No whimpers: Lucas goes out with a bang
Star Wars is over! Well, except for myriad new DVD configurations, the videogames, TV series, graphic novels and– can you doubt it?– Broadway musical.
Never say never, but George Lucas claims he's calling a halt to the big-screen series after Star Wars: Episode III - Revenge of the Sith.
Lucas goes out with a bang, with more of what's good and maybe a little less of what's not so good in the rest of the prequel trilogy. The line between reality and computereality is more successfully blurred in a record number (2151, but who's counting?) of visual effects shots. And, as usual, the screen is filled with the kind of extensive, exquisite detail that keeps viewers coming back for more and buying DVDs to see it again and again.
But there are also– what's the technical term?– actors. Although some of them are passable, and Ian McDiarmid is practically brilliant, it's sad to see someone of Samuel L. Jackson's ability phoning it in. Hayden Christensen is bad when he's good but gets good when he turns bad.
As everyone in the galaxy knows, this is the episode that connects the second trilogy to the first. That means we have to see Anakin Skywalker (Christensen) go over to the dark side of the Force and his secret bride (Jedi knights are celibate) Padmé (Natalie Portman) give birth to twins, Luke and Leia. Astute observers will note Padmé's coiffure, an indication that, long long ago, women's hairstyles didn't vary from generation to generation (or was/will Leia be going for a retro look?).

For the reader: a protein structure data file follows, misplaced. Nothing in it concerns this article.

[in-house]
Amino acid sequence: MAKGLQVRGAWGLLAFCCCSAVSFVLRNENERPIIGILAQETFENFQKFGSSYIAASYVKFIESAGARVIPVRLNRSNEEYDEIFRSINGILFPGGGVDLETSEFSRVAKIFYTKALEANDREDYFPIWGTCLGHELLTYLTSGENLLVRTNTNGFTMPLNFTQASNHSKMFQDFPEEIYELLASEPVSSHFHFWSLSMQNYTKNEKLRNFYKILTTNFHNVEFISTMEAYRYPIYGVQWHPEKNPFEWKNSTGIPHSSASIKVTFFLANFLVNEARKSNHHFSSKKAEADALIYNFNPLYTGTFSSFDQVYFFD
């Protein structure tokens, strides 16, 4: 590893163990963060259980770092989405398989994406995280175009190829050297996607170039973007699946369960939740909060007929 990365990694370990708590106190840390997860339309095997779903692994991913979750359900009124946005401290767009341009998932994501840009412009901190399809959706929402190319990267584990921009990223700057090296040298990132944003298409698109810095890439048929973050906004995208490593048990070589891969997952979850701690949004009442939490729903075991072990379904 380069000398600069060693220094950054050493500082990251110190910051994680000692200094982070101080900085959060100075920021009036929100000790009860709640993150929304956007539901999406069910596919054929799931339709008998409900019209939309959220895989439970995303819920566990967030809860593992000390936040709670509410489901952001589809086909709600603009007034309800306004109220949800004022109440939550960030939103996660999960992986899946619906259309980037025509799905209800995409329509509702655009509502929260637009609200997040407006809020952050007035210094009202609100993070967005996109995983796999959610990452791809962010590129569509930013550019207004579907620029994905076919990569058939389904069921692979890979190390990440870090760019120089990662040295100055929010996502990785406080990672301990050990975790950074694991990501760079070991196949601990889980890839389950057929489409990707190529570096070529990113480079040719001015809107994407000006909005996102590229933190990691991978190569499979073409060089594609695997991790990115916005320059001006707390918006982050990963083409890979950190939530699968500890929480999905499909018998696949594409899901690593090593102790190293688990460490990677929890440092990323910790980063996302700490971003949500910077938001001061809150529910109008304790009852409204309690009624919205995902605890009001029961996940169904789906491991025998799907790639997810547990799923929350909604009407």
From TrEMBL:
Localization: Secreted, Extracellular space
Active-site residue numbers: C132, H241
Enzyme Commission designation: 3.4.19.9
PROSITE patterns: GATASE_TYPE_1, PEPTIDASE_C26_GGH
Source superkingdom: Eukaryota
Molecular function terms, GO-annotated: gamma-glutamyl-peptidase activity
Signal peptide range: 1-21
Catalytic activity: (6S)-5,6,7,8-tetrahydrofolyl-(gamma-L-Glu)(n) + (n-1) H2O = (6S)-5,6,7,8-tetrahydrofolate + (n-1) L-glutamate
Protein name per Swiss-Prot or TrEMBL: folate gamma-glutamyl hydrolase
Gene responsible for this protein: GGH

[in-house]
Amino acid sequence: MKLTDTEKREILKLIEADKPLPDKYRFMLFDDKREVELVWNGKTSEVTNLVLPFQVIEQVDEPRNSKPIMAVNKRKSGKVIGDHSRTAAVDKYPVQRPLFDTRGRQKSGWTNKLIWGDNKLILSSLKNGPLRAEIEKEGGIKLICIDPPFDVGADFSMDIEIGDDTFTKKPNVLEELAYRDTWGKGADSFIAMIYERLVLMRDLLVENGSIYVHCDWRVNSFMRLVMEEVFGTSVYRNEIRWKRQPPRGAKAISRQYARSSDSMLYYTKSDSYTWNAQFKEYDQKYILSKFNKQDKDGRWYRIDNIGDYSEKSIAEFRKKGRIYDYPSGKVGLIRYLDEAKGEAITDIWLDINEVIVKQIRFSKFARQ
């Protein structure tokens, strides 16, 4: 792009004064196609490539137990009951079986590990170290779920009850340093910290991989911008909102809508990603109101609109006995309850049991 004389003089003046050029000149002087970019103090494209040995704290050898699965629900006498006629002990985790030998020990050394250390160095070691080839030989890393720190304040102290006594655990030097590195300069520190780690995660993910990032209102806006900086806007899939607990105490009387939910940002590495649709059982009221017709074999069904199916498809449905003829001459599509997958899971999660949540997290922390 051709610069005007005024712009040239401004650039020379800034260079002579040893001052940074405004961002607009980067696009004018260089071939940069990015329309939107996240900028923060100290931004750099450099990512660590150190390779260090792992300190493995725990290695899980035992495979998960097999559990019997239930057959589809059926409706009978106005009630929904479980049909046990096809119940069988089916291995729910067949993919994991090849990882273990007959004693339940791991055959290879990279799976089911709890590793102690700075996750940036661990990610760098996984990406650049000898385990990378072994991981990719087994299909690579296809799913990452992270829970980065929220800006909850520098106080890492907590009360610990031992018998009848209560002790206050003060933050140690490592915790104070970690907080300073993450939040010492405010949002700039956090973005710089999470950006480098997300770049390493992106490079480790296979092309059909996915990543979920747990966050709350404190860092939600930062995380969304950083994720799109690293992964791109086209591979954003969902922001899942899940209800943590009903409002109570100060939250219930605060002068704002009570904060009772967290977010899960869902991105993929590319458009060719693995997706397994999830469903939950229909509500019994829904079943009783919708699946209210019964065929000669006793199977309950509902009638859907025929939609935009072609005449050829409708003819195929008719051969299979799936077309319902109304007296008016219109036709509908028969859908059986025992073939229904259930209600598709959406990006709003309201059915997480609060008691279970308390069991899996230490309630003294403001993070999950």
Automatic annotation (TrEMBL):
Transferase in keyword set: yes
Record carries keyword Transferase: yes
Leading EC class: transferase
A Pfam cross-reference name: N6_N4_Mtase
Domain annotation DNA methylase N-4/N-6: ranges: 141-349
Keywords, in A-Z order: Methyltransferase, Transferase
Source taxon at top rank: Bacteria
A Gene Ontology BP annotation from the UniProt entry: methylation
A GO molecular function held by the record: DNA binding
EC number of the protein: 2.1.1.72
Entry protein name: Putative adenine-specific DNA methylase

The first 25 minutes, packing more action and imagination than most of this year's movies combined, show Anakin and his Jedi mentor, Obi-Wan Kenobi (Ewan McGregor), rescuing Chancellor Palpatine (McDiarmid) from General Grievous (computer generated). In the process, Anakin eliminates Count Dooku (Christopher Lee, not cut from the last part of this trilogy as he was from Lord of the Rings, although there's hardly beaucoup Dooku), leaving an opening for a villain.
Sith leader Darth Sidious, who is actually Palpatine, has an idea for "a new apprentice, one far younger and more powerful": Anakin. His seduction of the youth is the dramatic heart of the story. Anakin dreams that Padmé dies in childbirth. It's not clear whether Sidious/Palpatine somehow generated that dream, but he knows about it and uses it, telling Anakin the Sith have the power to "save others from death."
Yoda (voiced by Frank Oz), who in Episode I said, "Fear is the path to the Dark Side," now expands it: "The fear of loss is a path to the Dark Side." His counsel is less appealing to Anakin than Palpatine's promise, and the Chancellor almost hypnotizes him with Orwellian logic into believing the other members of the Jedi Council are traitors to the Republic. Ultimately Anakin must make a choice– and he does.
Aside from Palpatine's conversations with Anakin (and even they grow repetitious), most of the film's dialogue is inane, boring or both, and in most cases the actors' delivery doesn't help. Consider the parting of the ways of two former friends:
OBI-WAN: My allegiance is to the Republic, to democracy. (So is he Republican or Democrat?)
ANAKIN: You're either with me or against me.
OBI-WAN: Only a Sith deals in absolutes. (Funny, he sounded pretty absolute two lines back.)
Lucas overuses the cross-cutting technique Coppola employed infinitely better in The Godfather. Whenever a fight starts, he cuts away annoyingly to another fight, usually involving lightsabers (some toy company must be planning a big lightsaber promotion in conjunction with this movie), or something else. Instead of heightening both events, the technique diminishes them.
The climactic events, both involving surgery, are intercut somewhat more effectively. At last the Darth Vader mask is placed on Anakin, and he says his first words: "This is CNN." (OK, I made that part up.)
I'm glad to see the Star Wars series end on a relatively high note, but I'm gladder to see it end. In retrospect, the first trilogy was enough. When Mace Windu (Samuel L. Jackson) says, "I am going to end this once and for all," I couldn't help cheering inwardly, knowing he was speaking for George Lucas.